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Spring Semester 2000, Vol. 11, no. 1



American History as the Context for Art

Look in any social studies textbook and you will find reproductions of works of art--history paintings and other works that tell stories of the past in visual form. Artists and photographers have captured both momentous and less important events of their time and made them accessible through the universal language of art. Through investigations of historical artworks, we can share in emotional dramas of the past, investigate different perspectives on historical events, explore the context of historical artworks, and compare the past with the present.

This issue will concentrate on the great wave of immigration to the United States in the late 19th century, particularly as symbolized by art works. The Statue of Liberty, especially, is primarily viewed today as a patriotic symbol. Yet Liberty deserves a re-examination as a work of art. The Statue of Liberty and Ellis Island are forever linked with American immigration and they shall be our focus here.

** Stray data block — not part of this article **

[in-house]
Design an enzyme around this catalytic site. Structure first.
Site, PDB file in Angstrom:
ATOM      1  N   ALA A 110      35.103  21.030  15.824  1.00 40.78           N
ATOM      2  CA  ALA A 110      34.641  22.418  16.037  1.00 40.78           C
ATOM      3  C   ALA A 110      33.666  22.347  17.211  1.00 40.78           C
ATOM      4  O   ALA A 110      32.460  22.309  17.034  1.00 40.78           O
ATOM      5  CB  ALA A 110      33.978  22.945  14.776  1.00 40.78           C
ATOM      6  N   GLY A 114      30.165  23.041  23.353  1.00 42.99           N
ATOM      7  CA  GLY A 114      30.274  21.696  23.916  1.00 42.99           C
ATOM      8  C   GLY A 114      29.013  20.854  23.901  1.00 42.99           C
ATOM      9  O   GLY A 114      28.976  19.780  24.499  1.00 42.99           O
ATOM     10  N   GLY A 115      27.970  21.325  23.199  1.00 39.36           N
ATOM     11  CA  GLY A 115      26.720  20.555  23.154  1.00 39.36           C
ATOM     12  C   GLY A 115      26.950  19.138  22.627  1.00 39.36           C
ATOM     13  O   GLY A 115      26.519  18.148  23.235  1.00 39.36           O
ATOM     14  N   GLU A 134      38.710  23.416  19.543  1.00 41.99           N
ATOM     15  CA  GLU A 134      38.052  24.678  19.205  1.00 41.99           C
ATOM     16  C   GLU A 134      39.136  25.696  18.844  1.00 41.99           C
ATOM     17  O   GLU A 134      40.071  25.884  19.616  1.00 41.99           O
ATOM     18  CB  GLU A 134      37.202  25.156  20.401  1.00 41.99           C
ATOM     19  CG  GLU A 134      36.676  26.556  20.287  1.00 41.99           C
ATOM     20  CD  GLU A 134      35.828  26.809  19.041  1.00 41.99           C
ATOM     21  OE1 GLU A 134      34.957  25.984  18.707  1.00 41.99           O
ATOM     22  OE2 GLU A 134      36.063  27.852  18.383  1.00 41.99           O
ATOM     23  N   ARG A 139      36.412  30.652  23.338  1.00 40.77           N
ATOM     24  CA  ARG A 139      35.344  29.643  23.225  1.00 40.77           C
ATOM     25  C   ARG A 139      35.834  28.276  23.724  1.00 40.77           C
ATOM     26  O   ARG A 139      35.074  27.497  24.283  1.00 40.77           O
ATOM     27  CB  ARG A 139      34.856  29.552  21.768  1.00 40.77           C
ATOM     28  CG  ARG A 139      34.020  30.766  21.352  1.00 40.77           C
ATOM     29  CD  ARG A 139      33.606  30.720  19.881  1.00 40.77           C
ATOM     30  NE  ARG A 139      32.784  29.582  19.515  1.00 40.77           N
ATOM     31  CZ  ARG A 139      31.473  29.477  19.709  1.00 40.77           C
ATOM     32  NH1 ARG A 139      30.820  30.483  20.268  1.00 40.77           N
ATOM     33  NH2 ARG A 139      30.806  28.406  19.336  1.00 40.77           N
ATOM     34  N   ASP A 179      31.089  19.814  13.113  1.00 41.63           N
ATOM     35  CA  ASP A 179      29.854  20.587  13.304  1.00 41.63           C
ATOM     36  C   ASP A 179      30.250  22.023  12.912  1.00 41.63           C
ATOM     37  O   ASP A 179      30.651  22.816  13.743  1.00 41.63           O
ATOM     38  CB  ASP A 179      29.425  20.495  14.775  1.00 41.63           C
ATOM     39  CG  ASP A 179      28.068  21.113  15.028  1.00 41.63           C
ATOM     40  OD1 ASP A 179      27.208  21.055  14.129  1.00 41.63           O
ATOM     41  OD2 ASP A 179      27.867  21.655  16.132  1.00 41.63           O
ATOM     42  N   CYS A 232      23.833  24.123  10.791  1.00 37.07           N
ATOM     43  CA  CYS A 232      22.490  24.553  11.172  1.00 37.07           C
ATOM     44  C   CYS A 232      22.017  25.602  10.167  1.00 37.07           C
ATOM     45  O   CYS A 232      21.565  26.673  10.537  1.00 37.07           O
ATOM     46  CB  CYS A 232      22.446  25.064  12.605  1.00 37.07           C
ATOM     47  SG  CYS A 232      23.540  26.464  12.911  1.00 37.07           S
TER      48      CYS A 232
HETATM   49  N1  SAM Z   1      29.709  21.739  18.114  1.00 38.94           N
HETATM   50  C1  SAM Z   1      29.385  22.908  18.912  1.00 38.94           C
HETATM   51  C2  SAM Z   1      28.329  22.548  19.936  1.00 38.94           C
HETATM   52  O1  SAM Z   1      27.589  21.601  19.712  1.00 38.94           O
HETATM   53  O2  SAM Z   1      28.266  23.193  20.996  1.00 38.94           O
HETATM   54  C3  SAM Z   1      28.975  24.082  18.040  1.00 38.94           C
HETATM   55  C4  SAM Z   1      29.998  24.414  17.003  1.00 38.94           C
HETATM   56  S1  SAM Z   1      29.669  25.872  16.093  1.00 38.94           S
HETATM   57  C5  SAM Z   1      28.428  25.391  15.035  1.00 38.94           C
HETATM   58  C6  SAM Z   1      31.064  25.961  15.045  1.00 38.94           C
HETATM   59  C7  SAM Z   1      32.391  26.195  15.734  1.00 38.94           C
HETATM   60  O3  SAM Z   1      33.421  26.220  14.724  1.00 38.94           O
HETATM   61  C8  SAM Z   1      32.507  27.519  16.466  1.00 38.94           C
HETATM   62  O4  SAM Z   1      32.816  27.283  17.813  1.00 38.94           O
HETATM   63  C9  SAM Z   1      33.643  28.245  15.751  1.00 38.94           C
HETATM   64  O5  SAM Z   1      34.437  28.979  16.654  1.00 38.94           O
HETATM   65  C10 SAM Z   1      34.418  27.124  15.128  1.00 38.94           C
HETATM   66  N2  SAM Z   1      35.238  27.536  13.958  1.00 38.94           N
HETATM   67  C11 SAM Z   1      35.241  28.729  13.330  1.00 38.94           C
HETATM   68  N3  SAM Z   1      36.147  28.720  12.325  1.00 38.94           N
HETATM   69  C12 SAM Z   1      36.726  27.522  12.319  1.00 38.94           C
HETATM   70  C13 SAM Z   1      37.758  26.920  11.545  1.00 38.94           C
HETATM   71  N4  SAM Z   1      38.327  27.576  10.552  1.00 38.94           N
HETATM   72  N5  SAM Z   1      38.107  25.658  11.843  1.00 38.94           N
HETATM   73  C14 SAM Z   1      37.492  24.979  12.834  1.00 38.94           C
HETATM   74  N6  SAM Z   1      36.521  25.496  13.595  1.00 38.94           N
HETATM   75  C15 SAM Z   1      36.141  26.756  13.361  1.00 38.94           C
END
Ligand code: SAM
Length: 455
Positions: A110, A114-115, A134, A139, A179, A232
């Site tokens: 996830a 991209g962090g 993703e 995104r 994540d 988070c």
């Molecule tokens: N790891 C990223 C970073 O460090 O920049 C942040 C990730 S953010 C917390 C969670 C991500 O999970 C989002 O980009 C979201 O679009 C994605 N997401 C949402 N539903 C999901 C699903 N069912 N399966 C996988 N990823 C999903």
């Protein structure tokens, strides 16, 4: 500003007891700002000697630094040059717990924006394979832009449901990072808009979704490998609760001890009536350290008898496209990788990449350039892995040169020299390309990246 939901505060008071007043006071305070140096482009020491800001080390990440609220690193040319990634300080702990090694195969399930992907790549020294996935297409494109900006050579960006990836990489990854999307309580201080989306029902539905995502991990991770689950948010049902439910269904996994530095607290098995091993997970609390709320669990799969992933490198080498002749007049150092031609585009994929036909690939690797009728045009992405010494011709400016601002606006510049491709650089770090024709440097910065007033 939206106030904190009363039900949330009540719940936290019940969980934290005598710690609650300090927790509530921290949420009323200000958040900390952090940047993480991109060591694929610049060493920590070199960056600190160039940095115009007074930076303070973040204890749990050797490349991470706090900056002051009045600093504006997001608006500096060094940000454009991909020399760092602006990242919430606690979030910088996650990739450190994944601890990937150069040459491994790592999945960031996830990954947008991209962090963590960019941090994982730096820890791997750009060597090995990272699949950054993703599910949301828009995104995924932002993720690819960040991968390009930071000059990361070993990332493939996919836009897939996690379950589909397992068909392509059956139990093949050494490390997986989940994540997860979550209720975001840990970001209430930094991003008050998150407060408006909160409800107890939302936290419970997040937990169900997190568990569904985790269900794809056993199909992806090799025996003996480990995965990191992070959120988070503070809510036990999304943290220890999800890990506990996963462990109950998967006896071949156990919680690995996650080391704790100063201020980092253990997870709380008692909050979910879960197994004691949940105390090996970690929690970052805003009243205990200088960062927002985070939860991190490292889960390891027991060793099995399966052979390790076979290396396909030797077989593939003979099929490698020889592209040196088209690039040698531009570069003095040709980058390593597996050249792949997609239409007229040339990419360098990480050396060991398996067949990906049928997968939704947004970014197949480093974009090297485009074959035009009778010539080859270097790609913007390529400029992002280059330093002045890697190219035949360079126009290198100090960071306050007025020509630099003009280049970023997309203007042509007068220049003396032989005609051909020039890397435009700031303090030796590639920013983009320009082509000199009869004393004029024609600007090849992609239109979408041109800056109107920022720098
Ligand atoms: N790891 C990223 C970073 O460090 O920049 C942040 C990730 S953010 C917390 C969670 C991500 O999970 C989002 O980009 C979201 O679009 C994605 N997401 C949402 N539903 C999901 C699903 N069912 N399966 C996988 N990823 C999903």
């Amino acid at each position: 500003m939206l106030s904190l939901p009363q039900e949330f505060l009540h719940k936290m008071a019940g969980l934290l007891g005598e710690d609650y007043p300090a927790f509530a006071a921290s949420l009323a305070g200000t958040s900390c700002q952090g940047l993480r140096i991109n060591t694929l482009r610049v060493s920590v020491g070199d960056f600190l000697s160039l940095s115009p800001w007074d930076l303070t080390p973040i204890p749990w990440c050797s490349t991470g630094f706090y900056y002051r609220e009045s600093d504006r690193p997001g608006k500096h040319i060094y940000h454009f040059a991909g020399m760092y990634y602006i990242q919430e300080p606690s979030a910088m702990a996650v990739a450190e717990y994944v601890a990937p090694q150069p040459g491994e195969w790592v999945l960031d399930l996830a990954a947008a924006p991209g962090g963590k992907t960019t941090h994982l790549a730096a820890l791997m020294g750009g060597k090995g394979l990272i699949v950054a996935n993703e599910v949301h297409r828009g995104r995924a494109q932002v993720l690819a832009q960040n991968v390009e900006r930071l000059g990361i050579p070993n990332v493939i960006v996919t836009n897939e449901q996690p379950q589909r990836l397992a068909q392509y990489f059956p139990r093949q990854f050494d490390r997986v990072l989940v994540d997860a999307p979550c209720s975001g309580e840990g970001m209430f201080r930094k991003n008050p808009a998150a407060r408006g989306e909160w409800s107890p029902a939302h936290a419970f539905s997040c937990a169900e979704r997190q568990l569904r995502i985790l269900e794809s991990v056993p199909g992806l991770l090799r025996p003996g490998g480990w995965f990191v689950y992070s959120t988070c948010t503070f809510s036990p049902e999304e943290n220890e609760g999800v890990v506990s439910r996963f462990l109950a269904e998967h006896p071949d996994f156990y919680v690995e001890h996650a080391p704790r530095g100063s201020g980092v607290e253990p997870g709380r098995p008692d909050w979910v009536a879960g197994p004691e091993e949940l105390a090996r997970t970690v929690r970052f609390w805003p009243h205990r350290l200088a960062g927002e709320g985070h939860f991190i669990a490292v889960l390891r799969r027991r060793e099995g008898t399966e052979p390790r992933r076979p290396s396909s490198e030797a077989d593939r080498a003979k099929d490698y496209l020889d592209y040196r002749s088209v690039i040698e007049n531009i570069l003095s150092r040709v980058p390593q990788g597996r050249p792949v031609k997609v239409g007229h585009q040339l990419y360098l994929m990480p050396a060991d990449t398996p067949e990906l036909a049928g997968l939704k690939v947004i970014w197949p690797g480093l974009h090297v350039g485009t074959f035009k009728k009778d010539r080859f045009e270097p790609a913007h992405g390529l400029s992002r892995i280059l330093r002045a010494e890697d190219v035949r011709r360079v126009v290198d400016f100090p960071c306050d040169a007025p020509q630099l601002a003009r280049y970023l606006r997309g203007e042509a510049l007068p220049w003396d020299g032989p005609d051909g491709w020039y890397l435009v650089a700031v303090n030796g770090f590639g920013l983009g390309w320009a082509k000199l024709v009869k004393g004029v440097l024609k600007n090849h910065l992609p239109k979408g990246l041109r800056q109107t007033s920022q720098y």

Such an approach correlates with the United States History Standards, voluntary national standards. National Standard 10, which apples to the context of American immigration, states that:

1.      Elementary and middle school students will understand how the industrial revolution, increasing immigration, the rapid expansion of slavery, and the westward movement changed American lives and led to regional tensions.

2.      High school students will understand immigration and how new social patterns, conflicts, and ideas of national unity developed amid growing cultural diversity.